News

Where’s the man?

By Aaron Falk - HJNews.com - Logan, UT, USA
For Jayson Curtis, family is the reason to teach.

"I've had jobs in the past where I've worked 12-hour days," says the elementary education major at Utah State University. "I just missed so many birthday parties and things. ... I wanted to watch my daughter grow up."

But family - combined with a handful of other factors - is one of the reasons for a national shortage of male elementary school teachers, and a subsequent shortage of male role models in the classroom, officials say.

Men-only teacher training planned

New Zealand Herald - Auckland, New Zealand
A proposed men-only teacher training facility in Nelson could avoid discrimination rules if it proved boys had been disadvantaged in the past, the Human Rights Commission says.

The principal of prestigious boy's school Nelson College is so worried about the male teacher shortage he has suggested starting an in-house teacher training facility, the Press newspaper reported today.

Gary O'Shea suggested the college would take a small number of graduates for a one-year training course with a view to employing them at the school once qualified.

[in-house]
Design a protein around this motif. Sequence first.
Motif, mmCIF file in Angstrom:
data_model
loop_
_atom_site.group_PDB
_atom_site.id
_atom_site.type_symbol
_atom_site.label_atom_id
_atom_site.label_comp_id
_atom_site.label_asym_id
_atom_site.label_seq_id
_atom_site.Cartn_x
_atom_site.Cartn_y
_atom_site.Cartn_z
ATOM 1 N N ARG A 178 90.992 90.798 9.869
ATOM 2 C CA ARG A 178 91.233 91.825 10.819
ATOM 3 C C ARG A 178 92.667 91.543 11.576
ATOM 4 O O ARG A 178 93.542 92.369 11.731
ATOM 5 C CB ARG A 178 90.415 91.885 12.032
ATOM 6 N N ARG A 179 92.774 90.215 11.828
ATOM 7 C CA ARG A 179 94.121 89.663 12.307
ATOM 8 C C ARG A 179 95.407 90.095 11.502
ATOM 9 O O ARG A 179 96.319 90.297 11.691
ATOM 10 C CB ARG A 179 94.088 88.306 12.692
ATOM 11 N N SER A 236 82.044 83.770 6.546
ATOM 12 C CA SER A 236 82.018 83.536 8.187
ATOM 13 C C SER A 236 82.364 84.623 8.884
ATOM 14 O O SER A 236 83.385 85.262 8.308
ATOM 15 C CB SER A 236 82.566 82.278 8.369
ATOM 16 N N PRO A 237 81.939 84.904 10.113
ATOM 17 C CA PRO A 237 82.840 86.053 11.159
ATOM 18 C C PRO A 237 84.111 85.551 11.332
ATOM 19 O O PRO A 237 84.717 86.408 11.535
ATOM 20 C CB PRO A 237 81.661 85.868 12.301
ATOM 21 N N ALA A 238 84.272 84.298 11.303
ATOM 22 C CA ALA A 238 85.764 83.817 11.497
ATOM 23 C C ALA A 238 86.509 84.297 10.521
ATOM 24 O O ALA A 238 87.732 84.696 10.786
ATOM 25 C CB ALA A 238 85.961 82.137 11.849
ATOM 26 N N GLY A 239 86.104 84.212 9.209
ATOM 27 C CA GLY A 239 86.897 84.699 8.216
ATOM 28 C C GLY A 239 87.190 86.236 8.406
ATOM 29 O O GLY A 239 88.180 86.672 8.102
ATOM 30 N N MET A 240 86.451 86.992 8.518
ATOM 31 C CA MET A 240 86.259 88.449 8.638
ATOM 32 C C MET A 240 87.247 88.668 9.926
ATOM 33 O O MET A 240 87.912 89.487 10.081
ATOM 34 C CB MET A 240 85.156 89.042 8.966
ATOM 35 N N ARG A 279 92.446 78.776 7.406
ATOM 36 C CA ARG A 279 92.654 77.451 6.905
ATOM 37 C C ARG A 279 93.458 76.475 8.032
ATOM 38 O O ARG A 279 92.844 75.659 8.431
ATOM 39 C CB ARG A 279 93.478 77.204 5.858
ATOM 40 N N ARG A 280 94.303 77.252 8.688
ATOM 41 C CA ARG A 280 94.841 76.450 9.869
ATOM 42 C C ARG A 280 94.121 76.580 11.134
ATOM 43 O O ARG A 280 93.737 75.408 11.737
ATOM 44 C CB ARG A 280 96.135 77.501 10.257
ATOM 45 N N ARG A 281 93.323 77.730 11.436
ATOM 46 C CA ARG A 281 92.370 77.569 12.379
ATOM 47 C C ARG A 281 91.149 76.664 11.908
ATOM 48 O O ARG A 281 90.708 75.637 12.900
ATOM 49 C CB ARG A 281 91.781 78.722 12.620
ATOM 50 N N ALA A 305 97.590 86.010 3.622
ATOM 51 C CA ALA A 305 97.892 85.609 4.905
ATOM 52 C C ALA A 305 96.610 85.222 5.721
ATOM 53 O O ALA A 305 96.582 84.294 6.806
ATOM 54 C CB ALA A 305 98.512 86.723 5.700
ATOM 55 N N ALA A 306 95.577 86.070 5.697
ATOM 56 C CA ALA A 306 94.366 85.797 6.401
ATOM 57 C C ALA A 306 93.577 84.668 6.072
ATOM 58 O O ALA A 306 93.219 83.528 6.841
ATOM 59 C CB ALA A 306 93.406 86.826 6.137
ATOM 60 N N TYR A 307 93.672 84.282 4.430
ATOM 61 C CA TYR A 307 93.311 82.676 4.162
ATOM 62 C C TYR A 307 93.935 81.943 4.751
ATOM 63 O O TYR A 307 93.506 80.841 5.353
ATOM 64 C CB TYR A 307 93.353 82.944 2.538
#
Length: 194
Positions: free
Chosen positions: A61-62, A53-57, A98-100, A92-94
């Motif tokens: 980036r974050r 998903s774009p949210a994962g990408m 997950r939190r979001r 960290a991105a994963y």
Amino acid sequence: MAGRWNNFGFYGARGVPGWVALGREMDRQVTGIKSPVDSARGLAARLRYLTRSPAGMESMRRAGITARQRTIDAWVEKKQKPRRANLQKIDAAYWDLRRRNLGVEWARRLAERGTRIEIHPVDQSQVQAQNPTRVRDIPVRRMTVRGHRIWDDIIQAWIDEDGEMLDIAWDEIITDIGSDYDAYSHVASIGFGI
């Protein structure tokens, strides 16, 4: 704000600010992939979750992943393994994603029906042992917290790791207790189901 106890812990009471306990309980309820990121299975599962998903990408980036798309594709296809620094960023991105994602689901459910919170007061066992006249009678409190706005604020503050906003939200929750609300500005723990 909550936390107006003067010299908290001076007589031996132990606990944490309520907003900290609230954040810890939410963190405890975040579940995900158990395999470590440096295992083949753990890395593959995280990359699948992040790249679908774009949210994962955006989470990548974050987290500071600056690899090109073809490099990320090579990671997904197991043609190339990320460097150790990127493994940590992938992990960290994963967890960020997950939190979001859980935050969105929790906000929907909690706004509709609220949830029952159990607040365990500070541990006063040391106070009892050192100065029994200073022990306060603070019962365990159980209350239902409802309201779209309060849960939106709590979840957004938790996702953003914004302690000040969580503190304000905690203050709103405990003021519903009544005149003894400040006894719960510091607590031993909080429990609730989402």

Classroom Distinctions - One man's classroom experience

By Tom Moore - New York Times
MenTeach: This opinion piece appeared in the New York Times.

Tom Moore, a 10th-grade history teacher at a public school in the Bronx, is writing a book about his teaching experiences.

Nelson College head wants to train male teachers

By Daniel Nielson - The Nelson Mail - New Zealand
Nelson College headmaster Gary O'Shea is so concerned about the lack of quality male teachers he is looking at establishing an in-school teacher training college.

He says it's getting harder to find good male teachers because the profession is becoming so "feminised".

His idea, which is yet to go before the board of trustees, would involve taking on just a few university graduates each year to train from scratch as teachers. All the training would be done on site.

Does the teacher's gender affect students' grades?

ABC News - Chicago
Would your son do better in school with a male teacher? What about your daughter with a female teacher?

A new study suggests that gender may be the key to ensuring your child's success in school, which in turn may be the answer to the academic troubles that many boys have.

"Overall, two-thirds of the D's and F's in American schools are received by the boys. We've got a drop-out rate that's increasing," explains Michael Gurian, author and family therapist.
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